Tag Archives: nonsense




a pun a time

saved nine


 Written for the Word of the Day Challenge: Piffle, I present to you part 1 of a 1 part series of short poetry. Each part highlights a single aspect of the nonsense embodied by the word Piffle.

This is both the first and the last poem in a short series which is too sad to make a sandwich, or even to be buttered. It curls alone on the plate, drying to a crisp while readers glance toward it, then look away quickly, embarrassed to witness the shame of this small, tragic pun.

“Take pity,” croaks Pun, its eyes growing hazy, but Pity has changed its name to Party and is celebrating the excellence of metaphor, meter and rhyme. It’s drunk too much wine and has no time for humble Pun, who disconsolately chews a few crumbs of humble pie, a single tear falling from its eye. Just when I think it is losing consciousness, it catches sight of me. It points the withered tail of its P in my direction, and with its dying breath it cries:

“She’s to blame. She made me.”

Fortunately nobody is listening. They’re either at the party, enjoying great poetry, or this nonsense has lulled them to sleep.

I see my mistake now, but I think I’ve got away with it. The poem should say:


a pun in time

saved nine.

THAT makes perfect sense.


 ©Jane Paterson Basil


I thought I’d have a bit of fun with my writing today, so here’s a really silly romance.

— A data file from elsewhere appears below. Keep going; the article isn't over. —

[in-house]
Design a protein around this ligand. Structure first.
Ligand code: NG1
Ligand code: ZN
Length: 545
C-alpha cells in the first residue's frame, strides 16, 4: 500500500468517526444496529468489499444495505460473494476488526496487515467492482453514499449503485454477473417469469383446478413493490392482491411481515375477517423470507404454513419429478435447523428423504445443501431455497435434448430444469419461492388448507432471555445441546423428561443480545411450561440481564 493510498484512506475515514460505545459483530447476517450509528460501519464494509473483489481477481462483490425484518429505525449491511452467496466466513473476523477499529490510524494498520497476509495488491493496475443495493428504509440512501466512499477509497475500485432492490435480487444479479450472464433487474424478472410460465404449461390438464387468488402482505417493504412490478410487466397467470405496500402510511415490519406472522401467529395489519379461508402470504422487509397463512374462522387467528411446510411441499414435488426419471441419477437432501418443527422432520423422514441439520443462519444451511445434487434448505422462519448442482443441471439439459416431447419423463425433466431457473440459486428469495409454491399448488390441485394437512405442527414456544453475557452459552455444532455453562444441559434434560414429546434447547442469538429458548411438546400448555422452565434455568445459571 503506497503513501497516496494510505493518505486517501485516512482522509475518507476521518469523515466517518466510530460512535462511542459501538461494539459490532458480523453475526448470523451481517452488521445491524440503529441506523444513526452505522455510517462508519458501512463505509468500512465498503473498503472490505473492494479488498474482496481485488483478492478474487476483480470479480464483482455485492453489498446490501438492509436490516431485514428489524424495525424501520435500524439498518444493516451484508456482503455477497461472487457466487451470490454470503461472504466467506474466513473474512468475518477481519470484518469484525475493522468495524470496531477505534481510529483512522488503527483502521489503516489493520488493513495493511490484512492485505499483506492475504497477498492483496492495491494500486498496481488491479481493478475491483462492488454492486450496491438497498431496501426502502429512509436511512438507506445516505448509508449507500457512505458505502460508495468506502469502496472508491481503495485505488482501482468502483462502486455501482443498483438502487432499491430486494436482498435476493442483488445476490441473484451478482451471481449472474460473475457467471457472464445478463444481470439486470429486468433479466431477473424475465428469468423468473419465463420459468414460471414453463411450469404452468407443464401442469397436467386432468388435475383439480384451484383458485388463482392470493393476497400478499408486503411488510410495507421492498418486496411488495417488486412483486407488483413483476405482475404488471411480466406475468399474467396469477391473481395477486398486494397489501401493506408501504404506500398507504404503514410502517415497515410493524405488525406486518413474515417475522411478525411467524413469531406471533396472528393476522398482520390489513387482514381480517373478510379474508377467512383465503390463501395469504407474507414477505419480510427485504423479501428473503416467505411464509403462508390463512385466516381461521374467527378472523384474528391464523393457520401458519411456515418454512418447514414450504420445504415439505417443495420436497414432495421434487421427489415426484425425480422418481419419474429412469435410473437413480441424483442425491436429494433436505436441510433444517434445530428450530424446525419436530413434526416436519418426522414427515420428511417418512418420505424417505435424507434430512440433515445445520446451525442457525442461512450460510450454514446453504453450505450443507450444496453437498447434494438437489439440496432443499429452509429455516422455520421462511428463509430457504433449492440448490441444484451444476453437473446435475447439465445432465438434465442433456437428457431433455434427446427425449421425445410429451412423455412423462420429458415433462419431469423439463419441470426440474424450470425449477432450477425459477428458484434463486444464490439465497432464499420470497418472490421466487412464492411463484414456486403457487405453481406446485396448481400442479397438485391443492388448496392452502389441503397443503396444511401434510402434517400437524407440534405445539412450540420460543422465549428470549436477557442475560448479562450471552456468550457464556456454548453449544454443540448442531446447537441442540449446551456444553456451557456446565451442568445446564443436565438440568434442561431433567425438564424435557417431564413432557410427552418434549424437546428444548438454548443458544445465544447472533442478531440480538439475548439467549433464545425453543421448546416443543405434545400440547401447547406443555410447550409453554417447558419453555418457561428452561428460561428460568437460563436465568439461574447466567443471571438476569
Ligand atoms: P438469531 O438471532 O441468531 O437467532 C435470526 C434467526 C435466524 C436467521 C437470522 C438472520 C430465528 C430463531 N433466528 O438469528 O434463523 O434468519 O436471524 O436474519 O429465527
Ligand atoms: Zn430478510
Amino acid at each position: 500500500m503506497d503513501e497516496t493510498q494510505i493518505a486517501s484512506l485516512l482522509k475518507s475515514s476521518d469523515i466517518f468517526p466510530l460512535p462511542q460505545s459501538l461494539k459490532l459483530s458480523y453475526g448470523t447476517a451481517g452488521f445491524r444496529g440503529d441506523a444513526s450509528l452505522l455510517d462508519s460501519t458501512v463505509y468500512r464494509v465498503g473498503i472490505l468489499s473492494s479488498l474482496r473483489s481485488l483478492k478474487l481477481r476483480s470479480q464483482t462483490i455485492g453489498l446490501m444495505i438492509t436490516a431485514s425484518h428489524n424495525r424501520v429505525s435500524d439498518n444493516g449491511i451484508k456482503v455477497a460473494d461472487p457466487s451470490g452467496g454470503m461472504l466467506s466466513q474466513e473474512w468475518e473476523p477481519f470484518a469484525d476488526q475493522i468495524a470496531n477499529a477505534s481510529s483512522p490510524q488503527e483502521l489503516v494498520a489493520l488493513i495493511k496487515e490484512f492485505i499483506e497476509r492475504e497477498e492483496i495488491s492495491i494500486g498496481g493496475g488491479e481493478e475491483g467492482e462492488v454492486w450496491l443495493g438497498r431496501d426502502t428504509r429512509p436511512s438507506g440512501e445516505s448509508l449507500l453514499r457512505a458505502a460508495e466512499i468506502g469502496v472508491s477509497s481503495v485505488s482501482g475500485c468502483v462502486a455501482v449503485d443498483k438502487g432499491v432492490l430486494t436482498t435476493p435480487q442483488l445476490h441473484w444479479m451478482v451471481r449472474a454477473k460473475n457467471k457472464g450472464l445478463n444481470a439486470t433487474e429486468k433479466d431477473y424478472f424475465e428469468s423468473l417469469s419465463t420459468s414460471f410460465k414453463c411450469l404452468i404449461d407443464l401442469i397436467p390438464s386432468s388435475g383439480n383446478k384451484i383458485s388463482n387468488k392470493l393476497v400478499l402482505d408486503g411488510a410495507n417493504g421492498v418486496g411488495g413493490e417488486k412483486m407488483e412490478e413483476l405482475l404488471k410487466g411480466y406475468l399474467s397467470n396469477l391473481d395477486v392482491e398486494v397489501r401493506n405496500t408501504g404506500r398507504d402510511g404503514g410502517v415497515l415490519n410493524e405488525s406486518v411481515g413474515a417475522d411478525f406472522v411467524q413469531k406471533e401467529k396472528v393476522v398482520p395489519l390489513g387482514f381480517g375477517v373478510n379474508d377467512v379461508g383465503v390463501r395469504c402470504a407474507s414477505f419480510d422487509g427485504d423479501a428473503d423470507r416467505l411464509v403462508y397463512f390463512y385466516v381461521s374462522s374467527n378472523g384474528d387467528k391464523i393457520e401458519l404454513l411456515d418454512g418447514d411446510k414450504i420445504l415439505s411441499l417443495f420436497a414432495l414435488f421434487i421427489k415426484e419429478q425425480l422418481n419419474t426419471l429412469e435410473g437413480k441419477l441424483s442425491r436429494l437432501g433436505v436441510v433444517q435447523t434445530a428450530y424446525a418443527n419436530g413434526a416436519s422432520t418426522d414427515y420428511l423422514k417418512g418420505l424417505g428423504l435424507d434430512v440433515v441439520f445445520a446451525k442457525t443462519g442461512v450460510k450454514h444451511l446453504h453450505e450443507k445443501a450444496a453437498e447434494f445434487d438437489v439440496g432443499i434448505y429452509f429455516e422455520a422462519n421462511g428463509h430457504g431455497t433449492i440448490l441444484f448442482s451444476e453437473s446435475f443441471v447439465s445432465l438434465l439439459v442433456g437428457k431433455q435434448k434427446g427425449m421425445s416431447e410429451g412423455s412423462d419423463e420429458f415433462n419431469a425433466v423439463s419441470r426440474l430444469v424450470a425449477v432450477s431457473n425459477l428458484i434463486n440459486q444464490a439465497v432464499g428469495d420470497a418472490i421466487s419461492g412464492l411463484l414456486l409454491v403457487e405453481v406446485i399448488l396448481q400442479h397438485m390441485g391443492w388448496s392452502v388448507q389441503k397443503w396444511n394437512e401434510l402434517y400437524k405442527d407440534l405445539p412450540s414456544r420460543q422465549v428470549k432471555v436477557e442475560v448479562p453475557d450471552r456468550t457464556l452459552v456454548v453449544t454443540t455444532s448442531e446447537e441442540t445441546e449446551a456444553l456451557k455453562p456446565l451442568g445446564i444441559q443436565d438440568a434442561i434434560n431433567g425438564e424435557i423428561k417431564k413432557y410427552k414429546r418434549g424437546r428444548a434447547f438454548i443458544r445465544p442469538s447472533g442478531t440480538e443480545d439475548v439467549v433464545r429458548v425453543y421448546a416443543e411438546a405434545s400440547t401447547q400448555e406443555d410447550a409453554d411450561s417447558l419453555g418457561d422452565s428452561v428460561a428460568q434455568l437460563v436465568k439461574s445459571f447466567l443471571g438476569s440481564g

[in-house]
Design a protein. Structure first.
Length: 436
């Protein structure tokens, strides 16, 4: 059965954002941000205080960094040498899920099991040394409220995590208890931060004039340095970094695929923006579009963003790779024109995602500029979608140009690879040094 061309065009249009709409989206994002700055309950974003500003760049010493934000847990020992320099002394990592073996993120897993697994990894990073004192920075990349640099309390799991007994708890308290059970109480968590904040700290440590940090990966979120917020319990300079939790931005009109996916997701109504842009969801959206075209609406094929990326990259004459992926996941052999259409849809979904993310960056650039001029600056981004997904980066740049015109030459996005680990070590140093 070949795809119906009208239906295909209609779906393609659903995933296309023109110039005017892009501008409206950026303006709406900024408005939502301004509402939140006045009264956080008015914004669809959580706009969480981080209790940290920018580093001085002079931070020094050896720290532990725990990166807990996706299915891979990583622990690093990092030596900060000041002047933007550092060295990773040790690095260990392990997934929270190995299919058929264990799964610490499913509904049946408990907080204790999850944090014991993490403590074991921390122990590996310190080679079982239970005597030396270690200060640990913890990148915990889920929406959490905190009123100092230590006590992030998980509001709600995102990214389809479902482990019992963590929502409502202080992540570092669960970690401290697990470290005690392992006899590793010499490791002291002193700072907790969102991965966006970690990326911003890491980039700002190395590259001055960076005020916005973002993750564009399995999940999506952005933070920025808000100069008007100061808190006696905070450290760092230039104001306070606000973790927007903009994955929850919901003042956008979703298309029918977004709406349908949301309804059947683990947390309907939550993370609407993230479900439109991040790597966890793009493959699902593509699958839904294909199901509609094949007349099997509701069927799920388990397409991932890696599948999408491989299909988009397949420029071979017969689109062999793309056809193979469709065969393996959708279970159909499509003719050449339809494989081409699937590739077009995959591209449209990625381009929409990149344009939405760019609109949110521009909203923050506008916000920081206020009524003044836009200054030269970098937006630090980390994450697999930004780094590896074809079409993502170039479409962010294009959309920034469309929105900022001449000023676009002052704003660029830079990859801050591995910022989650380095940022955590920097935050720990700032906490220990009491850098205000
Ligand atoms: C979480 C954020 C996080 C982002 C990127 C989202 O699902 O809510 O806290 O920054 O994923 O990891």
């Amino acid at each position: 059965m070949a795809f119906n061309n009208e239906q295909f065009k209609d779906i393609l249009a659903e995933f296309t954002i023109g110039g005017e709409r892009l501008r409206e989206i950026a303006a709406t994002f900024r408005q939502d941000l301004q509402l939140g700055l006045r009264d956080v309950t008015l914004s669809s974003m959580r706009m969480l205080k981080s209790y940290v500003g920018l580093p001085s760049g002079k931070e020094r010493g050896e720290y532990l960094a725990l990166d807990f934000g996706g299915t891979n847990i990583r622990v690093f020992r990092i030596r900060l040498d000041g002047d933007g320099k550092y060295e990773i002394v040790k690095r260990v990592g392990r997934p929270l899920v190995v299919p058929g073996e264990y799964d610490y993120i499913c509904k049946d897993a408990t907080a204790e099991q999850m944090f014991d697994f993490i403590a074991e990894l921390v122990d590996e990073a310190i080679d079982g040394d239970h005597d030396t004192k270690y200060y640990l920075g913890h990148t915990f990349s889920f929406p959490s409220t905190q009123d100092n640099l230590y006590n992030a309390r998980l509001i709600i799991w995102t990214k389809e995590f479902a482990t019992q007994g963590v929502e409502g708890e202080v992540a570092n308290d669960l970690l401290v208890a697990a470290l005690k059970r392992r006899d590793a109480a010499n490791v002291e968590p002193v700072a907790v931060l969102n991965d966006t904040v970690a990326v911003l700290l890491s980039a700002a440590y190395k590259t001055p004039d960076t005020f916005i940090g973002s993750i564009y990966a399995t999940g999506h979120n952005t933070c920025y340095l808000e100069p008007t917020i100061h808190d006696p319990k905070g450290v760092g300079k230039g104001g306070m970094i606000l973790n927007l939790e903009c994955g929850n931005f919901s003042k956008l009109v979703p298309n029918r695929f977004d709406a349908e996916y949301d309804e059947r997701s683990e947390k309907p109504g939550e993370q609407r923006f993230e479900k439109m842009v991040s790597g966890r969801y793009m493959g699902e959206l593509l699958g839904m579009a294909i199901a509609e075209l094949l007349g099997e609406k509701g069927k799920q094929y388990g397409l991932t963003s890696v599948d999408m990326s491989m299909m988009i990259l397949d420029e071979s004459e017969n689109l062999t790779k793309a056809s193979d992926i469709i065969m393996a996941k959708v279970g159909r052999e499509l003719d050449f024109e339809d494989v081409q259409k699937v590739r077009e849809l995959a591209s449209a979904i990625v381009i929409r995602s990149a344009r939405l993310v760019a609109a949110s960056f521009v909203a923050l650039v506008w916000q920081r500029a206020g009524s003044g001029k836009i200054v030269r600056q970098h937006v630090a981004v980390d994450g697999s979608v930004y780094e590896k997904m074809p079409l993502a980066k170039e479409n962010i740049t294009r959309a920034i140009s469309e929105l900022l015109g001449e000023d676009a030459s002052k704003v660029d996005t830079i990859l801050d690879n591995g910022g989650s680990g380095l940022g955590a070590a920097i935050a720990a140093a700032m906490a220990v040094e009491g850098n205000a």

”Pour yourself over me! Let me absorb your fragrant fluid!” said the dishcloth to the cleaning fluid.

”There’s only so much of me to go around, and when I’m gone, I’m gone. Why would I wish to waste my valuable time with you? There are plenty of other cloths in the cupboard,” replied the cleaning fluid.

”Life is short. Take this moment to be with me. Together we can make this house a home. We can whiz over the surfaces, delve into the crannies, sweep the cobwebs away, and make the world sparkle.”

”I suppose you’re as attractive as any other rag. You’ll do. Here goes.”

”Oh, but you are cold. I didn’t think it would be like this.”

”This is what you wanted. Stop complaining, and get on with the job.”

”But I thought if would be different somehow. What we are doing is making me feel dirty, grimy.”

”It’s the way it is. Would you prefer atrophy?”

” Oh! I’m beginning to enjoy the intimacy of us rubbing along together. I feel a kind of thrill. It no longer hurts.”

”Stop talking and let me concentrate.”



”Say something to me. Tell me you love my textures, my fibre, my solidity.”

”Your what? You are just a wet rag to me.”

”But we are together now. United. You cannot leave me now. Tell me you love me.”

”Love? We only exist to perform a function. Where does love fit into that?”

”Then go. Leave. There is no tenderness in you. I am disappointed.”

A tap turns on. Water rushes into the sink.

”Help me! Hold onto me! I feel myself dispersing, diluting!”

”I’m glad to be rid of your transience. Be gone.”

A pair of hands wrings out the rinsed cloth, and hangs it outside to dry in the healing sunshine.

© Jane Paterson Basil